Hulan Jack made history on November 4, 1953 after he was elected as the borough president of Manhattan, the first for a Black man. However, Jack’s historic feat has been nearly wiped from public memory due to scandal, nearly erasing his years of good work in public service.
Jack was born on December 29, 1906 in Saint Lucia, arriving in New York in the early twenties with just a grade school education. Jack worked as a janitor at the Peerless Paper Box Company. He was urged to attend night school to finish his high school requirements ahead of attending New York University. His tenacity as a student and worker proved to be fruitful and he was elevated to an executive position at his company.
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Yet the call of politics, which he discovered in college, became stronger than his business exploits and in 1940 he began the first of seven terms as a New York State Assemblyman. In his tenure in the New York State Assembly placed him in prime position to leverage the aims of the Tammany Hall organization, and Jack’s skills as a public speaker also made him a notable figure.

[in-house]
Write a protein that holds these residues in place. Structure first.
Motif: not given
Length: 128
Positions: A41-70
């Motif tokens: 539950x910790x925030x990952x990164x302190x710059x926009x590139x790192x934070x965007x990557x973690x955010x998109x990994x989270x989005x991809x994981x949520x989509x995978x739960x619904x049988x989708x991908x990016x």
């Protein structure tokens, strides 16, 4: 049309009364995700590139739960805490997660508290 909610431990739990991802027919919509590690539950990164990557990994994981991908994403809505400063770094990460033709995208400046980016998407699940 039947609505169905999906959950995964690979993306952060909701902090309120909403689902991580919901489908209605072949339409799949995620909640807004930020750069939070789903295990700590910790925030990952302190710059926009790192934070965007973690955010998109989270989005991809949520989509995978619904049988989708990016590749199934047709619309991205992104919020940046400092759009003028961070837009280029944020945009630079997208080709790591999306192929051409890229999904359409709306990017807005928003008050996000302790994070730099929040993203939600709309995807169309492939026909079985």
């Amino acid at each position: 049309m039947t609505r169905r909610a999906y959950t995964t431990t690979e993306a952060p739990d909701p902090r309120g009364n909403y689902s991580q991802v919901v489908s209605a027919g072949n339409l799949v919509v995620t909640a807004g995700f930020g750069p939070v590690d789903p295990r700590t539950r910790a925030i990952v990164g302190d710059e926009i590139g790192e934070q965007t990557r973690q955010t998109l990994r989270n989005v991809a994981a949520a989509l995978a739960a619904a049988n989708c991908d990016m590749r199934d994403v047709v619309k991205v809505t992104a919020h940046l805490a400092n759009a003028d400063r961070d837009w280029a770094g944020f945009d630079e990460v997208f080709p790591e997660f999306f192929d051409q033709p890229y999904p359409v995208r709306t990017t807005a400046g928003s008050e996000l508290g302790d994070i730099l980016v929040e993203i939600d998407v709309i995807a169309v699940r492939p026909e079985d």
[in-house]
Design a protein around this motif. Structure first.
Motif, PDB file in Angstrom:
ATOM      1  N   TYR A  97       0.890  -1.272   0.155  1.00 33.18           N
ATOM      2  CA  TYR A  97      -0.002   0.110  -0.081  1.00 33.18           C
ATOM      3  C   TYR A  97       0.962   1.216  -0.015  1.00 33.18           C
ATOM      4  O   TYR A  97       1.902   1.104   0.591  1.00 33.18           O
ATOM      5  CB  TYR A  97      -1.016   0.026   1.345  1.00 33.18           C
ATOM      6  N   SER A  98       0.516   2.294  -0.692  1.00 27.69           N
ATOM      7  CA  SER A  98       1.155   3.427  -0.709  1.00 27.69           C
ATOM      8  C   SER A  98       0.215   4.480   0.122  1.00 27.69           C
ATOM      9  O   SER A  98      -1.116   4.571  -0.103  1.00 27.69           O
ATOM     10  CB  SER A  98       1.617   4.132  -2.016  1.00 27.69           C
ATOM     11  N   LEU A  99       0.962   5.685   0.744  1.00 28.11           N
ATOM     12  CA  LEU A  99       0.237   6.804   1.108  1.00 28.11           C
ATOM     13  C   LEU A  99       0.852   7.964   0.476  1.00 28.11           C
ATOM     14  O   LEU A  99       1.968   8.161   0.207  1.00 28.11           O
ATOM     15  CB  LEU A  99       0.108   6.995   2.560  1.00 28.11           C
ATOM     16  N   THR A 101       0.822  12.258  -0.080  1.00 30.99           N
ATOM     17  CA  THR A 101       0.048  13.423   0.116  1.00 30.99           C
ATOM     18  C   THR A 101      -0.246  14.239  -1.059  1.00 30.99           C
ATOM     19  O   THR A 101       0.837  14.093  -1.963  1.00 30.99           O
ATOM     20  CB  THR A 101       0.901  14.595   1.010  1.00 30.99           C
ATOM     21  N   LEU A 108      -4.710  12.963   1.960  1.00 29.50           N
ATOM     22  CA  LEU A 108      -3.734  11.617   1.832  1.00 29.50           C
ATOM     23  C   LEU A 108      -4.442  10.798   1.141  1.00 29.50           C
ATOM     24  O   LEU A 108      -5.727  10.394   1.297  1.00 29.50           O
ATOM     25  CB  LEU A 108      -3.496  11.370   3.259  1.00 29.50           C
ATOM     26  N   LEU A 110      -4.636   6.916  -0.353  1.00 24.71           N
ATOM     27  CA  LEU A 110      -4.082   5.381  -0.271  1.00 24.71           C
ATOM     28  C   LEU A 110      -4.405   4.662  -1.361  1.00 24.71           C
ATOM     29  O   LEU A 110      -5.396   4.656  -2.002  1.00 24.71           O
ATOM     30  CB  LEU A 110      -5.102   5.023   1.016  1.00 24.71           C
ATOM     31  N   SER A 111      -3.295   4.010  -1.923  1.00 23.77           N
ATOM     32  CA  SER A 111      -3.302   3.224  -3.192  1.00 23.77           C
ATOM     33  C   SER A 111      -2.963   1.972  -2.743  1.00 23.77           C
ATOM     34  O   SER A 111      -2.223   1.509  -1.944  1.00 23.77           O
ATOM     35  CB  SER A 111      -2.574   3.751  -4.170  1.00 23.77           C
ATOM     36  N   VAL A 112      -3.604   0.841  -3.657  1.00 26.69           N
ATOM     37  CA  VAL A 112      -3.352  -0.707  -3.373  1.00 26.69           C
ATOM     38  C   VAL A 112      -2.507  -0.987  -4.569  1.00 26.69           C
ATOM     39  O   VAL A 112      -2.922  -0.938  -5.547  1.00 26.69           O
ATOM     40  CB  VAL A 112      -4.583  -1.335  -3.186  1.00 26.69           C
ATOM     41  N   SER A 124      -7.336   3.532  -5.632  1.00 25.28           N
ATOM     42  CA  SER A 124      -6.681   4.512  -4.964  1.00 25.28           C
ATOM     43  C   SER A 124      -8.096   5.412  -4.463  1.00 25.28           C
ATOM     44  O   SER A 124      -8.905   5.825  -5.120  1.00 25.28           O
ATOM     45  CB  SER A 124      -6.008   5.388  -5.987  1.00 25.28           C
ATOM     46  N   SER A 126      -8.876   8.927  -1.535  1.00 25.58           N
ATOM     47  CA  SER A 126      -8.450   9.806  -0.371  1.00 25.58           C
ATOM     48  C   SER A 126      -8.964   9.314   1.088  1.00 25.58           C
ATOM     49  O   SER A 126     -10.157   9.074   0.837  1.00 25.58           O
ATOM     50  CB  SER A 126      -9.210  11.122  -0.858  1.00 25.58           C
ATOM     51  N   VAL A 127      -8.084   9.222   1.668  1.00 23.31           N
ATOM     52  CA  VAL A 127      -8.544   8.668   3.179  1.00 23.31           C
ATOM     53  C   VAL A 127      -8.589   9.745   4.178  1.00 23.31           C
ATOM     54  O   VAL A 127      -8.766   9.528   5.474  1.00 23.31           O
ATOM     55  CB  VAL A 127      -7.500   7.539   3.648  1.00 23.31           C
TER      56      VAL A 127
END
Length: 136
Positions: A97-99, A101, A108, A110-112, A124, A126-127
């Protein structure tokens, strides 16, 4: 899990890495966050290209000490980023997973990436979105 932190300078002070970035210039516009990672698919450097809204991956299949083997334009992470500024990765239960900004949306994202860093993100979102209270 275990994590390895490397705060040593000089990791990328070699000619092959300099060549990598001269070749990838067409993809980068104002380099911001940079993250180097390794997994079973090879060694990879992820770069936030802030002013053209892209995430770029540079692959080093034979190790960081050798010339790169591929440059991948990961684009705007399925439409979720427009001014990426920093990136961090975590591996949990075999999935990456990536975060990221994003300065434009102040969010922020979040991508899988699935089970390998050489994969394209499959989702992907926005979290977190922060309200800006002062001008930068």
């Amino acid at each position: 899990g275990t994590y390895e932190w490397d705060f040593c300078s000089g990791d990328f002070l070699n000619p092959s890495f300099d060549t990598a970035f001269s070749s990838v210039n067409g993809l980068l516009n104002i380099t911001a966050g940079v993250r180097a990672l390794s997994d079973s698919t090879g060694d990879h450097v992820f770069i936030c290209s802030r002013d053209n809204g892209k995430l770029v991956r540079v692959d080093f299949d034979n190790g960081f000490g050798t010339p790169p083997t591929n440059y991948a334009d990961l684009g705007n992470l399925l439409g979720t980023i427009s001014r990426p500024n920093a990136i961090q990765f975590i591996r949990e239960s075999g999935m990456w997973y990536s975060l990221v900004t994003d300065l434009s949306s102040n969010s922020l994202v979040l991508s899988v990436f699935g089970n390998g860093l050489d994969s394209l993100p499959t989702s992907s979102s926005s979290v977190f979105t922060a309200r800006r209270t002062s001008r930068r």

In 1953, Jack’s election to the borough president post made him the highest-ranking Black municipal official in the country and at $25,000, one of its highest-paid. The job came with a lot of power and responsibility elevating Jack to the ranks of the political elite and giving him access to celebrities and other prominent figures.
Scandal ensued when Jack was hit with conspiracy and bribery charges after accepting a $5,000 renovation job from a contractor who sought city work. Jack ultimately resigned from his post after two terms. He returned to politics in the early ‘70s but another scandal, this time related to payola, upended his hopes.
Jack passed in December 1986 in relative obscurity, despite having strong support from the Harlem constituency he represented from his assemblyman days.
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